Access HashiCorp Vault Secrets

This is the fourth post in a series on Vault. For previous posts see, Getting Started, Secrets Engines, and Manage Policies.


Authentication is the process where users or automation provide credentials to gain a token. The tokens, similar to a session ID on a website, is then used to interact with Vault. The token itself states the policies and as a result the roles and access the user has. When using the development server, users are already familiar with using the hard-coded root token to get started.

Access Methods

Vault has a number of authentication methods to choose from. Allowing a user to choose the best method of any use case. These methods are how clients or users access Vault.

Here are a couple of options in more detail:

TLS Certificates

The TLS Certificate method allows for using SSL/TLS client certificates, signed by a CA or self-signed, for access.

The following enables the certificate auth method and adds a certificate for a “builder” policy. These builders are added to the test and build policies and places a one hour ttl to leases:

vault auth enable cert
vault write auth/cert/certs/builder \
    display_name=builder \
    policies=test,build \
    certificate=@node-cert.pem \

Then on the builder to login with the client cert:

vault login \
    -method=cert \
    -ca-cert=vault-ca.pem \
    -client-cert=cert.pem \
    -client-key=key.pem \


The Userpass method allows users to access Vault using a username and password.

$ vault auth enable userpass
Success! Enabled userpass auth method at: userpass/
$ vault write auth/userpass/users/joe password=secret policies=admin
Success! Data written to: auth/userpass/users/joe

Then to login using the new access:

$ vault login -method=userpass username=joe password=secret
Success! You are now authenticated. The token information displayed below...

The user’s token string and TTY is printed along with the policies that apply to the user.


The AppRole enables a variety of potential workflows focused around automation. A role could possibly be created for a specific app on a machine, a user, across a number of machines, or even something else.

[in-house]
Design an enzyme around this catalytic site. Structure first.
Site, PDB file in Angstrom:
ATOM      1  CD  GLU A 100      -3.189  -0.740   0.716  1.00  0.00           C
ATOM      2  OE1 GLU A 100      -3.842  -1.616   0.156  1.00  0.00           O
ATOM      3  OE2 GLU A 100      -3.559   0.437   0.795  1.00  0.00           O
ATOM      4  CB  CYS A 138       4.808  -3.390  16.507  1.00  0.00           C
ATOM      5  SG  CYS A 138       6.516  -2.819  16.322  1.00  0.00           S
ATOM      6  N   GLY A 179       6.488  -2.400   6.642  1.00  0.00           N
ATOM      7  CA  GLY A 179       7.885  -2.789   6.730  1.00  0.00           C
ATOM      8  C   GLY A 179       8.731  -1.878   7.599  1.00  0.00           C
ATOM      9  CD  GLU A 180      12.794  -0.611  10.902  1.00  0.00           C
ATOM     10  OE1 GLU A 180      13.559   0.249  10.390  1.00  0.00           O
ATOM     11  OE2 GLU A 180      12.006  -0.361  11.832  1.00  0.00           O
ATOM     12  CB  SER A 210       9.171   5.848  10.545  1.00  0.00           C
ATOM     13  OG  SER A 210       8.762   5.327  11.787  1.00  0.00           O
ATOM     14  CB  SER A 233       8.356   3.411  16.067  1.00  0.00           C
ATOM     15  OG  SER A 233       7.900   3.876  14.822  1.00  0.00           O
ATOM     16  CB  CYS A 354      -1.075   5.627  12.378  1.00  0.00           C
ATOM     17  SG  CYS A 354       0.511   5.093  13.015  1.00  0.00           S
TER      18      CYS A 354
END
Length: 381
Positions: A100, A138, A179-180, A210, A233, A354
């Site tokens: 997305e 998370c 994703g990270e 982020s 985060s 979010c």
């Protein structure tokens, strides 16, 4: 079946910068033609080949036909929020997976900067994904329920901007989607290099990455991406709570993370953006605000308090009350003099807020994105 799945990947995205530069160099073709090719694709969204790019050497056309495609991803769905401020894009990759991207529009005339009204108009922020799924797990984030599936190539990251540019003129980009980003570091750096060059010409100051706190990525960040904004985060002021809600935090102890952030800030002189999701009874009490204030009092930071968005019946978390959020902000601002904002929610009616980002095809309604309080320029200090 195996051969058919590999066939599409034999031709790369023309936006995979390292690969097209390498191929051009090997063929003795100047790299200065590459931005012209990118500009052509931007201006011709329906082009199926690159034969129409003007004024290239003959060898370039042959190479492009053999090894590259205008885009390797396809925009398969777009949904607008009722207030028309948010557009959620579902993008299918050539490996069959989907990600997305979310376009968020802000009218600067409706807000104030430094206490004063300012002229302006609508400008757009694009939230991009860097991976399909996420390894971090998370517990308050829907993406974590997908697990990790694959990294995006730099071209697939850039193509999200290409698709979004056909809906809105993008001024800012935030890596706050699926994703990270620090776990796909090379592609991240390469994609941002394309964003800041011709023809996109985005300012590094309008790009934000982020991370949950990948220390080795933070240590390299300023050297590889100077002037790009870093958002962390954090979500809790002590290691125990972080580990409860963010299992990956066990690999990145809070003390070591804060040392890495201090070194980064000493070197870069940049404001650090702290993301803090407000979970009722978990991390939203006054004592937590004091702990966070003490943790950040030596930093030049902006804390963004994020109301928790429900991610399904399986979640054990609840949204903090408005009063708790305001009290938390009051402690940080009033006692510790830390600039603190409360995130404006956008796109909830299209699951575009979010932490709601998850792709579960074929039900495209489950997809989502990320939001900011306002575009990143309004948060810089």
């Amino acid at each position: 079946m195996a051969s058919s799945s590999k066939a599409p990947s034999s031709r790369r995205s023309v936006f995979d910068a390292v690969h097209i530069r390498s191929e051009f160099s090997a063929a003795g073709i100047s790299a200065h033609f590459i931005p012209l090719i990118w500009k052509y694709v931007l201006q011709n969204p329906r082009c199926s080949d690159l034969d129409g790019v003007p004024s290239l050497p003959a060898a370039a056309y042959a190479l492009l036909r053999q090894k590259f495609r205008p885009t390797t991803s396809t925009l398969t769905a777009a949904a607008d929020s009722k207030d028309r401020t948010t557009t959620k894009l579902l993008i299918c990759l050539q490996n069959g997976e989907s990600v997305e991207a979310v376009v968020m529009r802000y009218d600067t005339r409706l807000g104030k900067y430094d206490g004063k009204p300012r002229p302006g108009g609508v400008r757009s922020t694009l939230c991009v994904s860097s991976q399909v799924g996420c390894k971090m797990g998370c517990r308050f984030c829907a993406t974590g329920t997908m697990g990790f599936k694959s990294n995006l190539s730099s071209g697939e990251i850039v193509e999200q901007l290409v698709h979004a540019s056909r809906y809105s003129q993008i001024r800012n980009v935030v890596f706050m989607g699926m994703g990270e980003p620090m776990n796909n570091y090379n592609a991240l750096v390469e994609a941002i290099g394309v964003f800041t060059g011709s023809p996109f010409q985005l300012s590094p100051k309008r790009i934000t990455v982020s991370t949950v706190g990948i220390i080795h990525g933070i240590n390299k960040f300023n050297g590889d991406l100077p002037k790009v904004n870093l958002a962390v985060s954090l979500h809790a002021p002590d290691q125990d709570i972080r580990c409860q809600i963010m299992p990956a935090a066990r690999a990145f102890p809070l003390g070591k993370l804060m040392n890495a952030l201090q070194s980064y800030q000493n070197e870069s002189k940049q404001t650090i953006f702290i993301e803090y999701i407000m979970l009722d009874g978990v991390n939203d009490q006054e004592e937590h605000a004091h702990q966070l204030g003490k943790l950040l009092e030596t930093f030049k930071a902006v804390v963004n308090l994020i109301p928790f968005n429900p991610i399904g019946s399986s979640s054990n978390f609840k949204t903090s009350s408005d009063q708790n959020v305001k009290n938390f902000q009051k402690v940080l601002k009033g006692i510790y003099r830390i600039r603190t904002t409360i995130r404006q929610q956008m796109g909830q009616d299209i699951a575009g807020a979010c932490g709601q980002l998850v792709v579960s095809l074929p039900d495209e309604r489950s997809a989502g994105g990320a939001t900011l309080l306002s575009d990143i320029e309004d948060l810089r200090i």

The AppRole method uses a role ID and secret ID to login and fetch a token. The role ID could be shared across a variety of machines, while the secret ID is meant to be unique for one instance of an application. The uniqueness allows for better auditing and having finer-grained revocation.

To start an admin enables the AppRole method and adds a role with a variety of ttl, use restrictions, and policies:

vault auth enable approle
vault write auth/approle/role/builder \
    token_policies="test,build" \
    secret_id_ttl=10m \
    token_num_uses=10 \
    token_ttl=20m \
    token_max_ttl=30m \

Then users, admins, or an orchestration mechanism can generate role and secret IDs as needed. This is done by the following:

$ vault read auth/approle/role/builder/role-id
Key        Value
---        -----
role_id    b7094758-f0b8-3148-97c1-2aa82cd627ff
$ vault write -f auth/approle/role/builder/secret-id
Key                   Value
---                   -----
secret_id             24cfaecf-a0c7-5381-541c-4e250d48e8d7
secret_id_accessor    171b256f-024a-a34b-3add-0d49648b2a20

Finally, to login using this mechanism is as easy as passing the role and secret IDs:

vault write auth/approle/login role_id=${ROLE_ID} secret_id=${SECRET_ID}


There are also authentication methods that let a user get cloud credentials.

These exist for the following clouds:


Finally, there are even more options that involve integration with other services:

See the authentication docs for the full list of support methods.

Next Steps

With secrets, policies, and access in place, it is time to look deeper into dynamic database secret generation.